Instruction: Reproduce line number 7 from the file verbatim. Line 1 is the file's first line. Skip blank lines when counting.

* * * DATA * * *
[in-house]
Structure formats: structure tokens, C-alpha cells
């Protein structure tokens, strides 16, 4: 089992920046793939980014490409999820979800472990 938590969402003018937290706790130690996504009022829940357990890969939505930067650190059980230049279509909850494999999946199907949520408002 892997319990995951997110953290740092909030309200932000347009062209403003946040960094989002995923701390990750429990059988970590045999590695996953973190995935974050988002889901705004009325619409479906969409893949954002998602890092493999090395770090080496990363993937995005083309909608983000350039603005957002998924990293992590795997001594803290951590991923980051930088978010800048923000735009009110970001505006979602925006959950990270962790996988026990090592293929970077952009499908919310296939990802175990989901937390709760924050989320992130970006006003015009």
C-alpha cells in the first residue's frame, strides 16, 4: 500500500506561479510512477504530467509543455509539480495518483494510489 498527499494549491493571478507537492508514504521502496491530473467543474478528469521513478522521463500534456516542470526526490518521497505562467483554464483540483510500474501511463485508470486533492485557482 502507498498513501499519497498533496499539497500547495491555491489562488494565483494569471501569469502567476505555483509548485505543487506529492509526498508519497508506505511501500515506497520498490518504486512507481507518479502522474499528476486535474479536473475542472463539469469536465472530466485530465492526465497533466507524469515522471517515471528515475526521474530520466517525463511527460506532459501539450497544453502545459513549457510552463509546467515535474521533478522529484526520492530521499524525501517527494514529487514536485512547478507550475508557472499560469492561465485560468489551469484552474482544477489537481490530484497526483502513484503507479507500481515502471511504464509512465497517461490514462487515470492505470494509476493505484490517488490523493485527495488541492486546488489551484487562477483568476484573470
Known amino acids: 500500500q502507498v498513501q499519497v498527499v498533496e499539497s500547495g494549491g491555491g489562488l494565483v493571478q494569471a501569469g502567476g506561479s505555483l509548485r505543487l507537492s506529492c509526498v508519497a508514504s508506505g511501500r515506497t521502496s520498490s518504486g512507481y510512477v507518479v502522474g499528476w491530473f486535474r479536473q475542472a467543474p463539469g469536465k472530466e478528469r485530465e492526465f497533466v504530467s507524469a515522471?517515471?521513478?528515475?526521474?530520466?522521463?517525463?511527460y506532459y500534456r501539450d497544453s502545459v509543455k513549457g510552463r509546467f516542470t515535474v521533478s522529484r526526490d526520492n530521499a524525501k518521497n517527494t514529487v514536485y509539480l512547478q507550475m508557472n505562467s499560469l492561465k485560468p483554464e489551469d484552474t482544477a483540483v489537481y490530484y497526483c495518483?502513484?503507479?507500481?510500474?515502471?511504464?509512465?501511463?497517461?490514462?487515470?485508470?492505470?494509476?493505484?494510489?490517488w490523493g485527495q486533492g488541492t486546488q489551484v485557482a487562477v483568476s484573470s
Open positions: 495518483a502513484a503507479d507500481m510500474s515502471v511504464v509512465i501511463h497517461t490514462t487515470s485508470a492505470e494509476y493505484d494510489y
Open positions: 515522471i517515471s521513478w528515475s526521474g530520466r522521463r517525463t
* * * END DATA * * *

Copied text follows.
Open positions: 515522471i517515471s521513478w528515475s526521474g530520466r522521463r517525463t